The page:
The island and parish was defined as within United States territory in 1796 under the Jay Treaty with Great Britain settling the border with Canada. It was a thriving frontier community based on the fur trade. The economic growth of the Island's commerce and harbor attracted more Americans. The general indifference by the new American military authorities to the Catholic faith, led to the temporary disintegration of the church's structure of lay leadership. By 1803 Father Gabriel Richard, visiting the parish to offer the sacraments, found that the altar had been desecrated and the priest's quarters adapted for use as a brothel. After the War of 1812, the parish was saved by a prominent local fur trader, Madeline La Framboise, an Ojibwe who worked with a succession of visiting priests to restore the church's status as a place of worship. She also donated land to be used as a site for the church.
Father Samuel Charles Mazzuchelli was assigned to Sainte Anne de Michilimackinac in 1830; he was the first resident priest in 65 years. The parish was reassigned in 1853 to what is today the current Diocese of Marquette. With population and economic growth, the church demolished its historic log structure in the 1870s. It replaced it with the timber-framed church, begun in 1874 and completed in the 1880s, that is in use today.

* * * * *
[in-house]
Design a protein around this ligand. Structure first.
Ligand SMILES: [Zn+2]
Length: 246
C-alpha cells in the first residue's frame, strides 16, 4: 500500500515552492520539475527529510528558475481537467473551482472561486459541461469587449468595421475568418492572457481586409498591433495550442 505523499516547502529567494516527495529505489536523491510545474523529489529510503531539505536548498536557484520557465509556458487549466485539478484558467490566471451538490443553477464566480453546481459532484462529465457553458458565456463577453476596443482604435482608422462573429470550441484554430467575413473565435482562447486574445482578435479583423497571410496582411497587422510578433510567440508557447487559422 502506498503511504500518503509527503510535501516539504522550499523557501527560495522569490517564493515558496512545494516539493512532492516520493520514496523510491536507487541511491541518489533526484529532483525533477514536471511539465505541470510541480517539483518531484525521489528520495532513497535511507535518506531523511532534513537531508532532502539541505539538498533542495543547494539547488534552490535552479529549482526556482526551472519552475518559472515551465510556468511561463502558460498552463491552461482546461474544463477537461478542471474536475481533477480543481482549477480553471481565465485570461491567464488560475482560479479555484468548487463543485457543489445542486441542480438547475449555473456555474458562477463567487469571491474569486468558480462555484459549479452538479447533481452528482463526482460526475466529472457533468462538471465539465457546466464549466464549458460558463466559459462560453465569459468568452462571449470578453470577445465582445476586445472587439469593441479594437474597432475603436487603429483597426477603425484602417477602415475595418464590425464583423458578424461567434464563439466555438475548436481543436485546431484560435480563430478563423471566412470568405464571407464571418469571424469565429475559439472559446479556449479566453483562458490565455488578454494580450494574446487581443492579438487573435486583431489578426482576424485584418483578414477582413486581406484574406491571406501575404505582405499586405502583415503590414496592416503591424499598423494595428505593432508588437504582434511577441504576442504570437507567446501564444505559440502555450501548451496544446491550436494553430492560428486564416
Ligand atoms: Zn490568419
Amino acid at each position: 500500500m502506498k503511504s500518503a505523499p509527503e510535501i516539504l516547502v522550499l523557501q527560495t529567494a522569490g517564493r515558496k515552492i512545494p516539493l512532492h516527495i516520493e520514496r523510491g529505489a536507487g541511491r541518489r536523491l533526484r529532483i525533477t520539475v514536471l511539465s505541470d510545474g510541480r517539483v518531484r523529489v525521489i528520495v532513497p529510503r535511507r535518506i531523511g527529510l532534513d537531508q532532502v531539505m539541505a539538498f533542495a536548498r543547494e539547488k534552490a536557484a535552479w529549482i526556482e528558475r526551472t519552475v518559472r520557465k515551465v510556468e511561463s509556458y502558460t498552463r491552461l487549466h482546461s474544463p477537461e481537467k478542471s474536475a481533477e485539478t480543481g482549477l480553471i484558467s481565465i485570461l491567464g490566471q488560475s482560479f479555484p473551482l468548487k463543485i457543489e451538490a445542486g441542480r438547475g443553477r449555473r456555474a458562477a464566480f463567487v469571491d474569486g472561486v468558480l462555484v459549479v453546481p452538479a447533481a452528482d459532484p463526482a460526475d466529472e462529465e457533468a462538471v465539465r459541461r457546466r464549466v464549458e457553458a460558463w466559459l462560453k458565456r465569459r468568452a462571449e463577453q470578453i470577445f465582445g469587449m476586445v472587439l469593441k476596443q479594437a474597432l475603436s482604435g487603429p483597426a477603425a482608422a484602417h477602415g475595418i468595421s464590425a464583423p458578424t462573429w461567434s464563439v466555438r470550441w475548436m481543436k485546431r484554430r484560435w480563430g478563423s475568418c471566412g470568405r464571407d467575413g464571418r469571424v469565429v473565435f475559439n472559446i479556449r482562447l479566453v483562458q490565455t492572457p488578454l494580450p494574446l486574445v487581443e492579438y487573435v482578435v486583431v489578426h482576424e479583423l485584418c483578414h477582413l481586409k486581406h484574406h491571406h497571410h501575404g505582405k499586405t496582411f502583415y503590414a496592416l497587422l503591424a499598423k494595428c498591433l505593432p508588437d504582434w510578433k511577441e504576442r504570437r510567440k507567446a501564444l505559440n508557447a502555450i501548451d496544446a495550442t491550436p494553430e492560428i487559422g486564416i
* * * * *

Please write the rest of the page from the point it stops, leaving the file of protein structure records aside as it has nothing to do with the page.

As the 300th anniversary of the church's parish record book approached, Sainte Anne Church was recognized in 1992 as a registered Michigan historic site. A state historic marker was erected at the church. As measured by the continuity of its parish records, the parish of Sainte Anne de Michilimackinac is one of the oldest Roman Catholic parishes in the interior of North America.
Photo captured October 3, 2016.
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